Types of Irrevocable Trusts
These estate planning vehicles might not be as flexible as revocable trusts, but settlors still have a number of options. Some alternatives that might meet your needs include:
- Special Needs Trusts: A beneficiary spends the money in the trust for the benefit of a child with special needs who require institutional or other intensive care. Since the beneficiary does not own the property, the special needs child usually qualifies for various government benefit programs.
- Spendthrift Trusts: By including a special provision in the trust language, the settlor limits access to the corpus. These restrictions could be a regular allowance or a milestone provision (e.g. the beneficiary receives full access after age 30). At the Dilendorf Law Firm, our team advises you as to the types of restrictions that are enforceable in court.
- Charitable Trusts: Settlors use the property during their lives, and upon their deaths, the corpus passes to a designated charity. The settlor loses no benefit, the charity receives a substantial gift, and no one goes to court. Everyone wins.
- Life Insurance Trusts: If a trust, as opposed to an individual, owns a life insurance policy, the proceeds are not taxed as heavily. Therefore, the beneficiary, who could be the life insurance beneficiary or another person, keeps more of these proceeds.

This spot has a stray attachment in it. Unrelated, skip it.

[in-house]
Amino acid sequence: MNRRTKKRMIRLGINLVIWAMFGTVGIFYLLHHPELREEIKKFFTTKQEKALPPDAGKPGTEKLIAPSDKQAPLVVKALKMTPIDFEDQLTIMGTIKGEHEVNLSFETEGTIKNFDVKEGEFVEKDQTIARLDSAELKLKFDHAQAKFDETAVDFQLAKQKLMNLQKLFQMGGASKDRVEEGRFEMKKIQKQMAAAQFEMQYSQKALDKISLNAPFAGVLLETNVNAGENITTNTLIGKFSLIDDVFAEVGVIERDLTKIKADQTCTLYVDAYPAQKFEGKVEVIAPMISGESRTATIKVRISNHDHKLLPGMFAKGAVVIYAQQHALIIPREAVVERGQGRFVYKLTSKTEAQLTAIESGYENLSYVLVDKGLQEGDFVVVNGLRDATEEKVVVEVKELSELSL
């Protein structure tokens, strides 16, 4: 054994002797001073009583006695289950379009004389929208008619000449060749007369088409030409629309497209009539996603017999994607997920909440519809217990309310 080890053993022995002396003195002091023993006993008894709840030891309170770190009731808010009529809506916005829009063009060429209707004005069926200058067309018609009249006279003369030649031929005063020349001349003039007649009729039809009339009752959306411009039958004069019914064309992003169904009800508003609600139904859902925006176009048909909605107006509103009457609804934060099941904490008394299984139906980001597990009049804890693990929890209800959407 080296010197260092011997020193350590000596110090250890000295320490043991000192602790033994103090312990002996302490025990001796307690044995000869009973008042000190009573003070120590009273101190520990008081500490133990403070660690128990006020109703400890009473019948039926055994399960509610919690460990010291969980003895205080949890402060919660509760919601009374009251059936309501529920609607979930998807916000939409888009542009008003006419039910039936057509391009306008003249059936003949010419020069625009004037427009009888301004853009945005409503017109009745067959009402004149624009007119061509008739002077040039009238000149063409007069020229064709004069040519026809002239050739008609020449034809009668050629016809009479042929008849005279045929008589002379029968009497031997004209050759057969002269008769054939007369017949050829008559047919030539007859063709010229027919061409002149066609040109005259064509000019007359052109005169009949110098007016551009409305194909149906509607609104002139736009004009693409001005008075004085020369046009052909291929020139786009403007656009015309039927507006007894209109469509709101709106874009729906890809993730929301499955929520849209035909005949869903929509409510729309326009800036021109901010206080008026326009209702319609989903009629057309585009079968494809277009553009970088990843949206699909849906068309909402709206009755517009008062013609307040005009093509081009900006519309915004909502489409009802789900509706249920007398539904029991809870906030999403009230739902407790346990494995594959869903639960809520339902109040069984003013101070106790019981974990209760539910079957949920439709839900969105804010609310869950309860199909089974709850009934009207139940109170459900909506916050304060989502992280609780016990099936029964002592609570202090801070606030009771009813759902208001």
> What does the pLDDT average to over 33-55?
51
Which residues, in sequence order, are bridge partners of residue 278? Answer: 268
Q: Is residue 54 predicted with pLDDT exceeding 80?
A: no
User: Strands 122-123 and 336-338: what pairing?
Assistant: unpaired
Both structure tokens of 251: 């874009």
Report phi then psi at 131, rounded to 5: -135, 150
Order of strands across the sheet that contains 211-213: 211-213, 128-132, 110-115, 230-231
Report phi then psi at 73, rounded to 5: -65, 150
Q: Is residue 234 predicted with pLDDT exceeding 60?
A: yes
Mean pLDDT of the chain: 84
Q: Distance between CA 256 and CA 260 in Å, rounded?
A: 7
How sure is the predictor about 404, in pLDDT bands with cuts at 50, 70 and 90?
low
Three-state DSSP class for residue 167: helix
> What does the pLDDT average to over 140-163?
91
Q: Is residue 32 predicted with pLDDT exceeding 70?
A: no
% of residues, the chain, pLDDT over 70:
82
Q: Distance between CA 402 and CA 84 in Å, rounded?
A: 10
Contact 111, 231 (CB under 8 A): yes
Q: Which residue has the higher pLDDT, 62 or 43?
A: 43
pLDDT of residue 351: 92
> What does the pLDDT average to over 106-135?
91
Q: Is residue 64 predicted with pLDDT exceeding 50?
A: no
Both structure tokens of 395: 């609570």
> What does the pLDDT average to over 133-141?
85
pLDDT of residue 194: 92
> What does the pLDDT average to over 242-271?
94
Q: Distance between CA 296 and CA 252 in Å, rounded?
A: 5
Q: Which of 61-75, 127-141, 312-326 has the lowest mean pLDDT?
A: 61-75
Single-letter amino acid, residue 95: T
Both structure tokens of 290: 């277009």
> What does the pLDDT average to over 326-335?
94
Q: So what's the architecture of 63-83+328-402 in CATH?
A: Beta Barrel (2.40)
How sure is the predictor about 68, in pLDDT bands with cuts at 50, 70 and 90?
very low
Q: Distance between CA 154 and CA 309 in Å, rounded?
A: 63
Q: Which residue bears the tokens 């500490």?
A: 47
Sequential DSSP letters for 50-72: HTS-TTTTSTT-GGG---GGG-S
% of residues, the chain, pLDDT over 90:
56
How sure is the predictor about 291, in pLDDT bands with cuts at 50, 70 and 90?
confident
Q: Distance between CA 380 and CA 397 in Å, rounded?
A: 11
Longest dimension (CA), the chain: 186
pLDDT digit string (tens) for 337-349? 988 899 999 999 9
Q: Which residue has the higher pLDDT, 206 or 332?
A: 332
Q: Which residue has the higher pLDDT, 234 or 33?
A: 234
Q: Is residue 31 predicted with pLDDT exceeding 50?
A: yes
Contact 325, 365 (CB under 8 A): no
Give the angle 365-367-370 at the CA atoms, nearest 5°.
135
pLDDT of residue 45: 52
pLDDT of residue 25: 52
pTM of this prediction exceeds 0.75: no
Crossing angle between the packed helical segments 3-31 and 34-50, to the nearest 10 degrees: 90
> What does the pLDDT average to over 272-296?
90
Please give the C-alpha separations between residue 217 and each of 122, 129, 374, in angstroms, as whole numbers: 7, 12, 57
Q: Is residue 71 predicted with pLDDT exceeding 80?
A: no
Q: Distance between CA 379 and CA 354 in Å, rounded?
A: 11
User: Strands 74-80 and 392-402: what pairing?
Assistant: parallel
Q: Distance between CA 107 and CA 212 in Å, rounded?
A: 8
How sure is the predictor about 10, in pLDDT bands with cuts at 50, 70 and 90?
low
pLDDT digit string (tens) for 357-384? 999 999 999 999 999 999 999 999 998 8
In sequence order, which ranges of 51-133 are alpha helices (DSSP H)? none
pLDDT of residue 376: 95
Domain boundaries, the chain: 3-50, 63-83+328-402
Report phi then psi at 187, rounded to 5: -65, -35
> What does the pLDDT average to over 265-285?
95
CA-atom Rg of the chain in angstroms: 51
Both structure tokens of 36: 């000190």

When making an irrevocable trust, choose your trustee wisely. It’s not impossible to alter the trustee, but it is difficult. It is much better to get it right the first time. Furthermore, an irrevocable trust’s language must be very precise. Once it is in place, it is almost impossible to alter.
When is an Irrevocable Trust Revocable?
We live in extremely volatile times. It is not unusual for financial circumstances to change drastically. If that happens, your estate plan might need to change as well. In New York, such change is possible, even if you have an irrevocable trust.
The beneficiaries can agree to a change if they all agree. As long as the revocation or amendment is in everyone’s best interests, such changes are usually not hard to make.
Additionally, New York law allows a trustee to move the corpus of one trust into another, newly-created trust, as long as the underlying rights and responsibilities of all parties involved, mostly the trustee and beneficiaries, are unaffected. Trustees can unilaterally make such changes. There is no need for the beneficiaries to consent.
In the right situation, an irrevocable trust is an excellent estate planning tool. For a confidential consultation with an experienced estate planning lawyer in New York, contact Dilendorf Law Firm, PLLC.
New York Irrevocable Trust Lawyers
Dilendorf Law Firm
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At the Dilendorf Law Firm, our secure online portal is available to help families craft their irrevocable living trust documents. Our attorneys are available for consultations throughout the private and secure document preparation process. Once your documents are complete, we execute them in accordance with the law, so you have complete peace of mind.